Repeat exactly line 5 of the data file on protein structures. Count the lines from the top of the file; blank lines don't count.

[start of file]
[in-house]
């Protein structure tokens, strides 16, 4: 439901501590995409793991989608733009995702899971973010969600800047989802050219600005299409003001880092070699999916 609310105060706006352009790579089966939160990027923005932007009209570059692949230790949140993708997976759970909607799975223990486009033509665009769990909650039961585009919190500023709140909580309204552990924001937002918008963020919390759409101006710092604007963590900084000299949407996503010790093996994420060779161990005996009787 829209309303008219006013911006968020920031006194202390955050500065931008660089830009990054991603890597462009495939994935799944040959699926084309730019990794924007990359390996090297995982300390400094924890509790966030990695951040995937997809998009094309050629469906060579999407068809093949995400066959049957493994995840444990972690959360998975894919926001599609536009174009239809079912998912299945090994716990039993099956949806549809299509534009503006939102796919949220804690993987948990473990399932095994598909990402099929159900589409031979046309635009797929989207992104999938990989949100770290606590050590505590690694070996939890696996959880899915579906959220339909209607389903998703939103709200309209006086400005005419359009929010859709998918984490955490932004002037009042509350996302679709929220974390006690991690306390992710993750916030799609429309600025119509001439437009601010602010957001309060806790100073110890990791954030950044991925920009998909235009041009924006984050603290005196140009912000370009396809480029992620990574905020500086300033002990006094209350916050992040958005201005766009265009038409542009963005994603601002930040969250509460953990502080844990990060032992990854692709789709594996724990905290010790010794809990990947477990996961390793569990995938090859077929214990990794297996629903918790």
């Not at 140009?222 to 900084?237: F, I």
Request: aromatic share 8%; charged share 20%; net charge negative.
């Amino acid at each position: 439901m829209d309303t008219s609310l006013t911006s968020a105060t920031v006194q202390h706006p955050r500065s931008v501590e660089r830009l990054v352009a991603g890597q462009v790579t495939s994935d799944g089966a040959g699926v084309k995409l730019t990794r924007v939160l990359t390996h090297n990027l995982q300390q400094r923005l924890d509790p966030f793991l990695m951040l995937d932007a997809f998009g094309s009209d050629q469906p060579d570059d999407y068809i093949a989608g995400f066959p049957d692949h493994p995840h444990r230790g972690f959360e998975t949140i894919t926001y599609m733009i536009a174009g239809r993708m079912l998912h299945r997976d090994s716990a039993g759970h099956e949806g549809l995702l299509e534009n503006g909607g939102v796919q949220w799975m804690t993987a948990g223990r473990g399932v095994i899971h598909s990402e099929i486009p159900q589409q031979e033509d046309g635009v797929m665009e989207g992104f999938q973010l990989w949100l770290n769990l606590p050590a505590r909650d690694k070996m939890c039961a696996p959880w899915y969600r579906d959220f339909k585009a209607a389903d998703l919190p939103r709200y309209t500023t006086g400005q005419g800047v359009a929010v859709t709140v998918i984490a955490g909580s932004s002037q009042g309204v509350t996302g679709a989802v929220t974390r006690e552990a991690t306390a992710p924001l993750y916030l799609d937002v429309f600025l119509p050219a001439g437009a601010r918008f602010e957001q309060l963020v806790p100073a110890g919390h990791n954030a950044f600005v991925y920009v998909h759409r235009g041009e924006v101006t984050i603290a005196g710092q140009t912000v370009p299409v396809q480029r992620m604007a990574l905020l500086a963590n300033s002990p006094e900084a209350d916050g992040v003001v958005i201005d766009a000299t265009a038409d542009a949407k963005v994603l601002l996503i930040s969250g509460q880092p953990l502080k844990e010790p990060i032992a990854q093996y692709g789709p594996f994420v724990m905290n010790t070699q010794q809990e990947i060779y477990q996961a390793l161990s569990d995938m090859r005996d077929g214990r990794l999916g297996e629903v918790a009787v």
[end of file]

């Amino acid at each position: 439901m829209d309303t008219s609310l006013t911006s968020a105060t920031v006194q202390h706006p955050r500065s931008v501590e660089r830009l990054v352009a991603g890597q462009v790579t495939s994935d799944g089966a040959g699926v084309k995409l730019t990794r924007v939160l990359t390996h090297n990027l995982q300390q400094r923005l924890d509790p966030f793991l990695m951040l995937d932007a997809f998009g094309s009209d050629q469906p060579d570059d999407y068809i093949a989608g995400f066959p049957d692949h493994p995840h444990r230790g972690f959360e998975t949140i894919t926001y599609m733009i536009a174009g239809r993708m079912l998912h299945r997976d090994s716990a039993g759970h099956e949806g549809l995702l299509e534009n503006g909607g939102v796919q949220w799975m804690t993987a948990g223990r473990g399932v095994i899971h598909s990402e099929i486009p159900q589409q031979e033509d046309g635009v797929m665009e989207g992104f999938q973010l990989w949100l770290n769990l606590p050590a505590r909650d690694k070996m939890c039961a696996p959880w899915y969600r579906d959220f339909k585009a209607a389903d998703l919190p939103r709200y309209t500023t006086g400005q005419g800047v359009a929010v859709t709140v998918i984490a955490g909580s932004s002037q009042g309204v509350t996302g679709a989802v929220t974390r006690e552990a991690t306390a992710p924001l993750y916030l799609d937002v429309f600025l119509p050219a001439g437009a601010r918008f602010e957001q309060l963020v806790p100073a110890g919390h990791n954030a950044f600005v991925y920009v998909h759409r235009g041009e924006v101006t984050i603290a005196g710092q140009t912000v370009p299409v396809q480029r992620m604007a990574l905020l500086a963590n300033s002990p006094e900084a209350d916050g992040v003001v958005i201005d766009a000299t265009a038409d542009a949407k963005v994603l601002l996503i930040s969250g509460q880092p953990l502080k844990e010790p990060i032992a990854q093996y692709g789709p594996f994420v724990m905290n010790t070699q010794q809990e990947i060779y477990q996961a390793l161990s569990d995938m090859r005996d077929g214990r990794l999916g297996e629903v918790a009787v």